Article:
The Death of the Incredible Hulk
Gerald Di Pego
February 18, 1990
The Death of the Incredible Hulk is a made-for-television film that aired February 18, 1990. It is the last of three revival TV movies from the 1978–1982 television series The Incredible Hulk. Bill Bixby and Lou Ferrigno reprise their roles as Dr. David Banner and the Hulk. Bixby was also the director and executive producer.
David Banner masquerades as David Bellamy, a mentally-challenged janitor in order to gain access to a scientific research facility. He has determined that the studies of one of the scientists there, Dr. Ronald Pratt, may hold the key to curing his condition. Pratt takes a liking to the man he sees only as a building custodian. Cleverly bypassing security, Banner enters Pratt's laboratory, examines the formulas on his blackboard, making corrections and filling in gaps.
Pratt finds the changes the next morning and realizes to his amazement that they are correct. After this has happened a few times, Pratt one night hides in his lab and lays in wait for whomever his unknown colleague may be. Pratt turns on the lights and steps out from the shadows. Speechless, Banner stands frozen at the chalkboard. The elderly scientist moves towards the alarm button, asking Banner to tell him something to keep him from pushing it. "Banner!" David blurts out. "My name is..." Pratt repeats Banner's last name in surprise. He is aware of Banner's reputation and his work, having read his papers regularly. He believed Banner too perished in the 1977 lab fire.
Banner tells Pratt of the gamma radiation overdose that has led to his metamorphoses and his wandering in hopes of finding a cure to reverse it. Both scientists agree to work together to cure Banner and perfect the formula harnessing gamma radiation believed to provide ordinary humans to possess superhuman strength when under periods of stress. The two men become friends and Banner is accepted as part of Pratt's family.
One day, the pair decide to experiment with Banner's metamorphosis, which leads to another experiment that could cure Banner or kill him. However, an Eastern European spy network dedicated to using Pratt's (and Banner's) work for corrupt purposes breaks into the lab, halting the experiment and kidnapping Pratt and his fellow scientist wife Amy. Banner falls in love with Jasmin (pronounced Yas-meen), a reluctant spy in the network who returns his affections, and with her help, helps the Pratts.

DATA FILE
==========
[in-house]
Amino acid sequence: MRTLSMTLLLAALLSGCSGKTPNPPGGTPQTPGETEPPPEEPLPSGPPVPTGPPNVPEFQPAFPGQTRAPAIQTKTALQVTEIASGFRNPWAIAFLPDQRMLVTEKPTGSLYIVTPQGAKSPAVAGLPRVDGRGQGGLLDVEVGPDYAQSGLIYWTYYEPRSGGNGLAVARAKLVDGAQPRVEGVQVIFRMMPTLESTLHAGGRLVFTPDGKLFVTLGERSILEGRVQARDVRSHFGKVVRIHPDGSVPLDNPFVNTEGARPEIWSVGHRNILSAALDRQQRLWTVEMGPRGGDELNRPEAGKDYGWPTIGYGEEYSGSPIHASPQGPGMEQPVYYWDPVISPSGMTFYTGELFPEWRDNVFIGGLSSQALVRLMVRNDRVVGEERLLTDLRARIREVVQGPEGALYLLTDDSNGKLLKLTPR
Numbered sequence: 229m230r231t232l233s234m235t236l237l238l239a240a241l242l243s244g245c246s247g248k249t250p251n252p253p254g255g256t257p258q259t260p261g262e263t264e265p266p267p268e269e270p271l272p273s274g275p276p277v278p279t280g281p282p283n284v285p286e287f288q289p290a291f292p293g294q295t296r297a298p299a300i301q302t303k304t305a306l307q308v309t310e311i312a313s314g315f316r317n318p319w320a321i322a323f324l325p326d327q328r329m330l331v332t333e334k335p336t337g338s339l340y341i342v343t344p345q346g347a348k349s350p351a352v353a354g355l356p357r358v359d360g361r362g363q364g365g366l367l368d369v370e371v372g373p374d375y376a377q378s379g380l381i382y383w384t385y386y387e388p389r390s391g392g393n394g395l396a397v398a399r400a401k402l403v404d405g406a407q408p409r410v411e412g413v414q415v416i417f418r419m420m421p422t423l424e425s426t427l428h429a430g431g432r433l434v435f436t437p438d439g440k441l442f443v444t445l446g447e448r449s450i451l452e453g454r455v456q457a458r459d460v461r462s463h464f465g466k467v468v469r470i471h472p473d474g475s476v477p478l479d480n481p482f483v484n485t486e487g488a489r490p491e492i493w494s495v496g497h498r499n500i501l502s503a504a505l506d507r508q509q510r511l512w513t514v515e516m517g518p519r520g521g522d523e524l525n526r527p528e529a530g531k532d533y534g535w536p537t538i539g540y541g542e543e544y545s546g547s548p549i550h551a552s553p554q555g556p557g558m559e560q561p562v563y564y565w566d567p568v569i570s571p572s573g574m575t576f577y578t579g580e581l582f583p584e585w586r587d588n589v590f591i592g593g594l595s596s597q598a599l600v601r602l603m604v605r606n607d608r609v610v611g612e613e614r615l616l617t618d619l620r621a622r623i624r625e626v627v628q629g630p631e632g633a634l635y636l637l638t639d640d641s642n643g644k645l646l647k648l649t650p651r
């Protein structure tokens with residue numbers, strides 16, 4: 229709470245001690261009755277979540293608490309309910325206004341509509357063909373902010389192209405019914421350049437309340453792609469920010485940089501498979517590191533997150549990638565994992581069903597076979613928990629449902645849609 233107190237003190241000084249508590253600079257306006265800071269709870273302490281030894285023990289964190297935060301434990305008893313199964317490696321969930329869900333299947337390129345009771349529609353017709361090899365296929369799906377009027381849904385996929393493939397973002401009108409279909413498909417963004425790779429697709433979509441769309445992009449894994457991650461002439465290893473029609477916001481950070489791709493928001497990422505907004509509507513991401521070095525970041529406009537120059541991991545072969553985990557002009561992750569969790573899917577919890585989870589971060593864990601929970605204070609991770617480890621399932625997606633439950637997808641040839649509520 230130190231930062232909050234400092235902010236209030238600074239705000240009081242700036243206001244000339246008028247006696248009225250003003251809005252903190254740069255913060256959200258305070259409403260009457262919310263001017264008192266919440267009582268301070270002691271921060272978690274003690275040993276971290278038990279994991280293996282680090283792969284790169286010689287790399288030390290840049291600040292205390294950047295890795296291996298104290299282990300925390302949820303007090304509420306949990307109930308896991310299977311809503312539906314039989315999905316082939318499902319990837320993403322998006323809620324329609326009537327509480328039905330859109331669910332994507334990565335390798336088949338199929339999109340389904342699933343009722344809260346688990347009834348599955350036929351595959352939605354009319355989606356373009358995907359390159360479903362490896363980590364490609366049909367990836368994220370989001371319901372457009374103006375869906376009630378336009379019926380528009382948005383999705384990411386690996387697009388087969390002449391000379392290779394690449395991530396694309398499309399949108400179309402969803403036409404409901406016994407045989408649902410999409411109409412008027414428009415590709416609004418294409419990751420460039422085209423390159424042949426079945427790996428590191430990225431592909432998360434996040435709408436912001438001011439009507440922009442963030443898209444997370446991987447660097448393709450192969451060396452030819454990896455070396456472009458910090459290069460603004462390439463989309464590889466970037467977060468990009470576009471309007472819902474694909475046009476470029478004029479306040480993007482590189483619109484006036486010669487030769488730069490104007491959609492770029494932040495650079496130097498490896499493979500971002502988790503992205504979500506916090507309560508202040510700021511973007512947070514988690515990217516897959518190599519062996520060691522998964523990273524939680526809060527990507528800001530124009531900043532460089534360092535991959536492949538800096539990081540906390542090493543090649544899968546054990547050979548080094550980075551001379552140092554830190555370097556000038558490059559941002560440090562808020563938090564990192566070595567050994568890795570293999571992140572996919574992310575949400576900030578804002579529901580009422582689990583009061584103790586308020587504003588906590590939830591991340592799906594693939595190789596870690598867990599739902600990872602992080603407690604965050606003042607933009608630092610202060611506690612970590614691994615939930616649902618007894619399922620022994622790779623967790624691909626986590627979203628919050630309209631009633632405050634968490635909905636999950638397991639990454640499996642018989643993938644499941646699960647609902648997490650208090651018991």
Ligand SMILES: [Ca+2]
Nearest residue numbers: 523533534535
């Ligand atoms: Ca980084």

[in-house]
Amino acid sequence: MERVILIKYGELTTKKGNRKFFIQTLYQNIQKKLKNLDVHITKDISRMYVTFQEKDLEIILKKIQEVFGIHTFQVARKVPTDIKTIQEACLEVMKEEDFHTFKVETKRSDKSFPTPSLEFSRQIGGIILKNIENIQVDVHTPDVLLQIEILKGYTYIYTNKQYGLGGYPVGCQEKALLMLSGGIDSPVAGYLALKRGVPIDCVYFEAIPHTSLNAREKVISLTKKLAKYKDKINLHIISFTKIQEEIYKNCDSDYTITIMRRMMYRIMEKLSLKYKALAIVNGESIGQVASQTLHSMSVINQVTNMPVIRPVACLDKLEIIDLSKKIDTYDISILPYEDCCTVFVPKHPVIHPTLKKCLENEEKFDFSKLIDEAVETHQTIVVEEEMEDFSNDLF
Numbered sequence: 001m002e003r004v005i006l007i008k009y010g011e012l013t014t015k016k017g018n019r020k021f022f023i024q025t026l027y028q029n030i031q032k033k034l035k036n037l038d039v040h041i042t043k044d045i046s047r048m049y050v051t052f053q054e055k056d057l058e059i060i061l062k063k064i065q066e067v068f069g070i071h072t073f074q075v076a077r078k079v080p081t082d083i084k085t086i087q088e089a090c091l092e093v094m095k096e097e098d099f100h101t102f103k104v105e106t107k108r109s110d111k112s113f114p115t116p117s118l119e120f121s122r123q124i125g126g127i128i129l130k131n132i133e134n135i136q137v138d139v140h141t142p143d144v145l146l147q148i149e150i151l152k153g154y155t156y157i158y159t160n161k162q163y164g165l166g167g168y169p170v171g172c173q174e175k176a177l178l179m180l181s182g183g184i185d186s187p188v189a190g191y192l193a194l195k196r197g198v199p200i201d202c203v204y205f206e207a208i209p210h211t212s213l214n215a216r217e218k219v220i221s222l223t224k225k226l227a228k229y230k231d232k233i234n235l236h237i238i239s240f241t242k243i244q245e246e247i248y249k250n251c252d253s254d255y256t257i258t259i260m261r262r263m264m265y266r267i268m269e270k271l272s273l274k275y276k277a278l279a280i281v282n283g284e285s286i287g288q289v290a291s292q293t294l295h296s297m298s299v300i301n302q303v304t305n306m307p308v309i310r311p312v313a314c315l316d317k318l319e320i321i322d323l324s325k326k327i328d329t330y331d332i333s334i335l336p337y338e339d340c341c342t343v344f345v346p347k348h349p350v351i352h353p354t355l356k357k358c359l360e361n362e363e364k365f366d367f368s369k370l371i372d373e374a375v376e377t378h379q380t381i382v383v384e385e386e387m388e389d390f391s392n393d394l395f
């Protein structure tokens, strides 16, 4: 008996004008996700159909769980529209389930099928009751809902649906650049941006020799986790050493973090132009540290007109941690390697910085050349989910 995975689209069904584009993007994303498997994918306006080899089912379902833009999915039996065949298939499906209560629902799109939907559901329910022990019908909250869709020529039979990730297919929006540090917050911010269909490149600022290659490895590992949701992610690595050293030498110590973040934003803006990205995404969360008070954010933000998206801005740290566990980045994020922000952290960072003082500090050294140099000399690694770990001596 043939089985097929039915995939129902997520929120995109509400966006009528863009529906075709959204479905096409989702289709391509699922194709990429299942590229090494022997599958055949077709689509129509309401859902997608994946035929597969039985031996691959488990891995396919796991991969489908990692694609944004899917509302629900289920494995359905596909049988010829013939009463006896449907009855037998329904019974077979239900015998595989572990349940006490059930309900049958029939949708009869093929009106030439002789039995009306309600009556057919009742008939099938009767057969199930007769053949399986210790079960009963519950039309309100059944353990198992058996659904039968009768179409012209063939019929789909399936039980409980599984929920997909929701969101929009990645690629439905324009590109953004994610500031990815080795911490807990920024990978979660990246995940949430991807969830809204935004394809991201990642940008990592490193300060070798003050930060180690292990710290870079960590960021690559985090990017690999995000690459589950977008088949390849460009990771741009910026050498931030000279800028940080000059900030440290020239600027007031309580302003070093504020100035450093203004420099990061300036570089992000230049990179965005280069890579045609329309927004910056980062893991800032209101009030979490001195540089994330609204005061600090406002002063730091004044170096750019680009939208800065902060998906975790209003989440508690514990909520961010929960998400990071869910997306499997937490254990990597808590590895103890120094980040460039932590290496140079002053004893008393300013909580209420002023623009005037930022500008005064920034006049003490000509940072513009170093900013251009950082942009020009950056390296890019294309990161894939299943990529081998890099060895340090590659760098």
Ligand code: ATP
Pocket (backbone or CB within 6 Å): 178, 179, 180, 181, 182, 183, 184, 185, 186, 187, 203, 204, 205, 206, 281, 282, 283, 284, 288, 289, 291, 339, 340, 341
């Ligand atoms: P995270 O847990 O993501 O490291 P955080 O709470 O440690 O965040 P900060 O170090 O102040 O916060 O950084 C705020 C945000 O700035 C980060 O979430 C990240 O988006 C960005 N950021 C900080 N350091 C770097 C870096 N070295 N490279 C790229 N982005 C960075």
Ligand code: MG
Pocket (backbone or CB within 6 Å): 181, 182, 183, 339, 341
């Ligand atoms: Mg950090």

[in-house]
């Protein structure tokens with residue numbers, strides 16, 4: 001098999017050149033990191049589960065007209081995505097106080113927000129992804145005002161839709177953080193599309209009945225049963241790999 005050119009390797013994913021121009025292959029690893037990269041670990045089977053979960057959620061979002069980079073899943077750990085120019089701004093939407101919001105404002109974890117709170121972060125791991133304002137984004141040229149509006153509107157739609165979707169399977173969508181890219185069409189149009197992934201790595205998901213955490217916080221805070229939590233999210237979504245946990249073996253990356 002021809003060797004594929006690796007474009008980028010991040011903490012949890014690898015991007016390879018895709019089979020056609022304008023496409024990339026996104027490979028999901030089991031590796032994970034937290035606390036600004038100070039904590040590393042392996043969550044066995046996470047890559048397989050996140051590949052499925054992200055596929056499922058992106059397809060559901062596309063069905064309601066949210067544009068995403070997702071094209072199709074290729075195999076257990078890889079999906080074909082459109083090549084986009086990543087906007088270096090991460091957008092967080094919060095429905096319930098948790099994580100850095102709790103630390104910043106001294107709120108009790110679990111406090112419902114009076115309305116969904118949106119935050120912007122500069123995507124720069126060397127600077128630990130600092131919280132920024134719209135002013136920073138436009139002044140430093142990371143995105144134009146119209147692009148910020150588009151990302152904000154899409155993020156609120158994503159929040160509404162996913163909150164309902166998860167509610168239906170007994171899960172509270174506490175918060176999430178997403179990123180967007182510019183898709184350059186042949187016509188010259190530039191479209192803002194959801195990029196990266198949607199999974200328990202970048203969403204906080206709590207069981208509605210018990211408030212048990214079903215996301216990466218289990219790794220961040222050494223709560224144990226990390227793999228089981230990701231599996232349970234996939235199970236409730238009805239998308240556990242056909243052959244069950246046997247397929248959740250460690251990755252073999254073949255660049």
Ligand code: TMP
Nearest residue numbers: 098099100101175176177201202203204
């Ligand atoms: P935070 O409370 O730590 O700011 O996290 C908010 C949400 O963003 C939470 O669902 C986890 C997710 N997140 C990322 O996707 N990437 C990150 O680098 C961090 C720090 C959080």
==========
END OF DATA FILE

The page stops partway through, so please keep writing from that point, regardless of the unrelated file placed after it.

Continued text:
While pursuing the kidnappers, Banner once again turns into the Hulk, who tries to protect Pratt and Jasmin. The Hulk runs towards the plane and breaks it open. He climbs aboard before it can take off. He enters and stops the two spies. But the plane explodes, killing them and the Hulk is thrown into the night. A song plays as he falls into the dark and lands into the concrete. His motionless body lies there until Jasmin kneels beside him. She holds his hand and comforts him. Her calming comfort makes him return to Banner. She begs him not to die, saying "We can be free now!". To which he replies, "Jasmin... I am free" before he drifts away.
- Bill Bixby as David Banner
- Lou Ferrigno as The Hulk
- Elizabeth Gracen as Jasmin
- Philip Sterling as Dr. Ronald Pratt
- Barbara Tarbuck as Amy Pratt
- Anna Katarina as Bella / Ashenko
- John Novak as Zed
- Andreas Katsulas as Kasha
- Chilton Crane as Betty
- Carla Ferrigno as Bank Teller
- Duncan Fraser as Tom
- Dwight McFee as Brenn Ashley
- Lindsay Bourne as Crane
- Mina E. Mina as Pauley
- Marlene O' Brien as Luanne Cole
- Garwin Sanford as Agent Shoup
- Justin DiPego as Dodger
- Fred Henderson as Aaron Colmer
- Judith Maxie as Dr. Carbino
- French Tickner as George Tilmer
Jasmin: David, don't. Don't die. We can be free now.
David Banner: [his last words] Jasmin... I am free.
Jasmin: [grievingly] No.
- Initially this was planned to include She-Hulk, with the intention that it would spawn a She-Hulk TV series
- This one and the previous TV movie were both filmed in Vancouver, British Columbia, Canada
- The bank teller is played by Ferrigno's wife, Carla
- This movie was released on DVD by 20th Century Fox in 2003
Reportedly, a sequel called The Resurrection of the Incredible Hulk or The Revenge of the Incredible Hulk was planned. It would feature the Hulk being brought back to life, in which the Hulk would have David's mind. As of July 10, 1990, the script was being written. The script's writing was put on hold when Bill Bixby grew sick, and was canceled after his death.
- Comics Scene magazine (1990), pages 69–70